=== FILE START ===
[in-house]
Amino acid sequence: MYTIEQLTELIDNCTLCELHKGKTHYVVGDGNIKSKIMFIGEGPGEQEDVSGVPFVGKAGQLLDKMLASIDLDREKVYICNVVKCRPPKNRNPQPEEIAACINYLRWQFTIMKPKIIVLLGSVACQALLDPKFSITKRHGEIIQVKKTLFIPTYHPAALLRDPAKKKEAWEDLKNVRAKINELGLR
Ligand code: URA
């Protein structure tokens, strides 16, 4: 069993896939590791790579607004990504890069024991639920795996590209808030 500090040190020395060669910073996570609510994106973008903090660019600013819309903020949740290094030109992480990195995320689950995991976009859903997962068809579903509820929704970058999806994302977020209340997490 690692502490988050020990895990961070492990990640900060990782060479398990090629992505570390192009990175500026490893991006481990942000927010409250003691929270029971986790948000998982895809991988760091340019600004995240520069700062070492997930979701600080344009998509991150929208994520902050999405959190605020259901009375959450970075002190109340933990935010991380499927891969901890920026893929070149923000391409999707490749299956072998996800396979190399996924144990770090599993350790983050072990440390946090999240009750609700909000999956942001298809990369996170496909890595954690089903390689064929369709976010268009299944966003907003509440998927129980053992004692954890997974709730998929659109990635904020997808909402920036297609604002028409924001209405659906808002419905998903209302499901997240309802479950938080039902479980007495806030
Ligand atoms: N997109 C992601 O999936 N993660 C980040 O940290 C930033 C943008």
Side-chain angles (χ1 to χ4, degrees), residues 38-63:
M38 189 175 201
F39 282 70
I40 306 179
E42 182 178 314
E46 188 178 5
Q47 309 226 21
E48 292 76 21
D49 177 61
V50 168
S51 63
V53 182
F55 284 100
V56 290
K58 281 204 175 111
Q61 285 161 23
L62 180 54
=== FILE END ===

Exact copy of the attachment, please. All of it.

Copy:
[in-house]
Amino acid sequence: MYTIEQLTELIDNCTLCELHKGKTHYVVGDGNIKSKIMFIGEGPGEQEDVSGVPFVGKAGQLLDKMLASIDLDREKVYICNVVKCRPPKNRNPQPEEIAACINYLRWQFTIMKPKIIVLLGSVACQALLDPKFSITKRHGEIIQVKKTLFIPTYHPAALLRDPAKKKEAWEDLKNVRAKINELGLR
Ligand code: URA
């Protein structure tokens, strides 16, 4: 069993896939590791790579607004990504890069024991639920795996590209808030 500090040190020395060669910073996570609510994106973008903090660019600013819309903020949740290094030109992480990195995320689950995991976009859903997962068809579903509820929704970058999806994302977020209340997490 690692502490988050020990895990961070492990990640900060990782060479398990090629992505570390192009990175500026490893991006481990942000927010409250003691929270029971986790948000998982895809991988760091340019600004995240520069700062070492997930979701600080344009998509991150929208994520902050999405959190605020259901009375959450970075002190109340933990935010991380499927891969901890920026893929070149923000391409999707490749299956072998996800396979190399996924144990770090599993350790983050072990440390946090999240009750609700909000999956942001298809990369996170496909890595954690089903390689064929369709976010268009299944966003907003509440998927129980053992004692954890997974709730998929659109990635904020997808909402920036297609604002028409924001209405659906808002419905998903209302499901997240309802479950938080039902479980007495806030
Ligand atoms: N997109 C992601 O999936 N993660 C980040 O940290 C930033 C943008």
Side-chain angles (χ1 to χ4, degrees), residues 38-63:
M38 189 175 201
F39 282 70
I40 306 179
E42 182 178 314
E46 188 178 5
Q47 309 226 21
E48 292 76 21
D49 177 61
V50 168
S51 63
V53 182
F55 284 100
V56 290
K58 281 204 175 111
Q61 285 161 23
L62 180 54